The Premier League, Football League and The FA have joined forces with the British Council to create Football Remembers, a huge national commemoration supported by The Duke of Cambridge, that will mark this year’s centenary of the Christmas Truce – one of the most iconic moments of the First World War.
All Premier League and Football League sides, as well all grassroots level teams, will mark the centenary of the famous truce in the lead up to December 2014, allowing a a new generation of young people to learn about what took place on Christmas Day 1914 in Flanders.
A 'Football Remembers' education pack will be sent to more than 30,000 schools across the UK through the British Council. It includes resources to help children learn about the Truce – including eye-witness accounts, photos, drawings and letters from soldiers, some of which have never been published before.
The pack includes perspectives from British, French, Belgian, German and Indian witnesses and is accompanied by specially written activities for English, modern foreign languages, drama, art, sport, history, moral education and conflict resolution.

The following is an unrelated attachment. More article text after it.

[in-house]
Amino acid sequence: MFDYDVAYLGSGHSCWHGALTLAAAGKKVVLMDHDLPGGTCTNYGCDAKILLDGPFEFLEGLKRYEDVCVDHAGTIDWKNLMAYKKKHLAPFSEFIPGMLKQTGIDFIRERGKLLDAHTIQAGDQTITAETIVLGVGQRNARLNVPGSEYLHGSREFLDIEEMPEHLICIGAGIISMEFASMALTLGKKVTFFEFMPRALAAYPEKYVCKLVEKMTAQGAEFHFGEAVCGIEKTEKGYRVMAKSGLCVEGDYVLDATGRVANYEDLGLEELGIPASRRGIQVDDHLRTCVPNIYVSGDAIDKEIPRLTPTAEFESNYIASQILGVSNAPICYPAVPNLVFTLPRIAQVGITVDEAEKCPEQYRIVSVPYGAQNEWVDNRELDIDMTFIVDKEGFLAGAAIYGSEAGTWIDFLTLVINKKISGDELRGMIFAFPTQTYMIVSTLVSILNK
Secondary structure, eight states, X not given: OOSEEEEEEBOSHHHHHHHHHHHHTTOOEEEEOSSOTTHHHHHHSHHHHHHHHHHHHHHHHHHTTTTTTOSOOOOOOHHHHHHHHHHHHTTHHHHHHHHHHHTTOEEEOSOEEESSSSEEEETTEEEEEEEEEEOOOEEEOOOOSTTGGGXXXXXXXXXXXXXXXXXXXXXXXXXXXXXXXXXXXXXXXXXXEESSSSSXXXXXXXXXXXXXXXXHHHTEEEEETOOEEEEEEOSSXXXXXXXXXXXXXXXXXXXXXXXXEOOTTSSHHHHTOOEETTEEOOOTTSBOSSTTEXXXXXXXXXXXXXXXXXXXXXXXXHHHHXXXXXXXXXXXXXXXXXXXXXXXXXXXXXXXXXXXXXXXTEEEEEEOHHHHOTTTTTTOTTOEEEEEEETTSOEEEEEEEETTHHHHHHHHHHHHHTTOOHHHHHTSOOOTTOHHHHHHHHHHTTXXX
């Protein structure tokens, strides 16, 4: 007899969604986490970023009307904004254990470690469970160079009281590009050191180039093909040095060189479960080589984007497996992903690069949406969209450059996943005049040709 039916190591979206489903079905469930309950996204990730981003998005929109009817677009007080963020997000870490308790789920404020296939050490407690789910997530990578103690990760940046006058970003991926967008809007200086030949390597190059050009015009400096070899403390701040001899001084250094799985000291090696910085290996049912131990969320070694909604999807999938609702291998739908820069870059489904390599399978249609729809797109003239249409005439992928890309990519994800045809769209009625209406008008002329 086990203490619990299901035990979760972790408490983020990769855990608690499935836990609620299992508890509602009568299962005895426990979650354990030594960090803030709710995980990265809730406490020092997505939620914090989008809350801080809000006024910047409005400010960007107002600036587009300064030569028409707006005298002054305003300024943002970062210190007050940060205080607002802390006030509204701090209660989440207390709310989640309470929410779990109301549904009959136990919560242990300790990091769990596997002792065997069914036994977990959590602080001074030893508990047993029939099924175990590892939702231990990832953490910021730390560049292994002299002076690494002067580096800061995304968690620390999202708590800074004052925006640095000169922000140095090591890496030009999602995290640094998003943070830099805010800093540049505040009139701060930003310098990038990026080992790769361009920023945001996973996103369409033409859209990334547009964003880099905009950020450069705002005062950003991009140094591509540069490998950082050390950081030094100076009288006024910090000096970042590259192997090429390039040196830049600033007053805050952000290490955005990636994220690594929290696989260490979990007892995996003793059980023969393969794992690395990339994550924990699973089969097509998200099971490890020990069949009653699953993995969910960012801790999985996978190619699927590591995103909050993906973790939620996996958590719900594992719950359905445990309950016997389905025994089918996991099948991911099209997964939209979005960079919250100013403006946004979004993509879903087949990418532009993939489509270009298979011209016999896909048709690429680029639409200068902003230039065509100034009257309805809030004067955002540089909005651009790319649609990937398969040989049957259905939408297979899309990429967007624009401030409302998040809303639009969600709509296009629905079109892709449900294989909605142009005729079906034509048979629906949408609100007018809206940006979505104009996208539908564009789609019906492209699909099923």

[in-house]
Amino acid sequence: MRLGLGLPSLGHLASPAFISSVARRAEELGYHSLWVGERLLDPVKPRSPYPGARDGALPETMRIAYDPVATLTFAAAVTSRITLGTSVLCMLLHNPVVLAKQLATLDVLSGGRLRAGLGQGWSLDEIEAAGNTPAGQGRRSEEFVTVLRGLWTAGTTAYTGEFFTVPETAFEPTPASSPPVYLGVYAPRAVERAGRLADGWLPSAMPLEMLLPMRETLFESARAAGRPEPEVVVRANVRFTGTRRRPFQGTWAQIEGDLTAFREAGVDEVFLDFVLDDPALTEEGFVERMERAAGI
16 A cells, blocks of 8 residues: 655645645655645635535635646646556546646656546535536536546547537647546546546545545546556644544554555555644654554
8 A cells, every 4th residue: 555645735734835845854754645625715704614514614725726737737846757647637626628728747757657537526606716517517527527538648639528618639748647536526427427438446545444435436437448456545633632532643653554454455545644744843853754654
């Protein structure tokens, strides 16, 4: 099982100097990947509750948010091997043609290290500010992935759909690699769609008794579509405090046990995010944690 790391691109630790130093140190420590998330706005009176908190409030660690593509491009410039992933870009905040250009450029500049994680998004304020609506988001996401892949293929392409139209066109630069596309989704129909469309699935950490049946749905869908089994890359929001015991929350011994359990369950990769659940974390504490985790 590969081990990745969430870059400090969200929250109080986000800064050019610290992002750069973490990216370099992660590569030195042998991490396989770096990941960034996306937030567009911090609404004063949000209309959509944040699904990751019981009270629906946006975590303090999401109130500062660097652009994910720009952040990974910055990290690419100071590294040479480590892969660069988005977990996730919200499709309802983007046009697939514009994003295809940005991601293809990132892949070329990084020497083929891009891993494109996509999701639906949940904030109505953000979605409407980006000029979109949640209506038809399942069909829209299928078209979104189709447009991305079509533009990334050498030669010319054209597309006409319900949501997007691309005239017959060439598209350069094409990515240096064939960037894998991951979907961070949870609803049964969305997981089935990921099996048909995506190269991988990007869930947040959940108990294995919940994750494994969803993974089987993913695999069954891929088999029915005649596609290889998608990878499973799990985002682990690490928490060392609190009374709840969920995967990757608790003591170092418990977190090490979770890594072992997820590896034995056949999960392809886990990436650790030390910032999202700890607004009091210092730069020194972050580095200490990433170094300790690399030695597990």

The Duke of Cambridge – President of The FA – is also backing another unique Football Remembers project. Schools and Football Academies are being asked to design a memorial to the football played during the Truce. The winning design will be chosen by The Duke and Arsenal and England forward Theo Walcott and will be formally unveiled in December.
HRH, The Duke of Cambridge, said: “The British Council, together with The FA, Premier League and Football League, have put together a tremendous resource for use in the classroom and at home. It promises to be a powerful way to engage and educate young people about such an important moment in our history.
"We all grew up with the story of soldiers from both sides putting down their arms on Christmas Day, and it remains wholly relevant today as a message of hope over adversity, even in the bleakest of times."
Research released by the British Council earlier this year confirmed the Christmas Truce as one of the most recognised moments of the First World War – with more than two thirds of UK adults aware of the football matches that took place.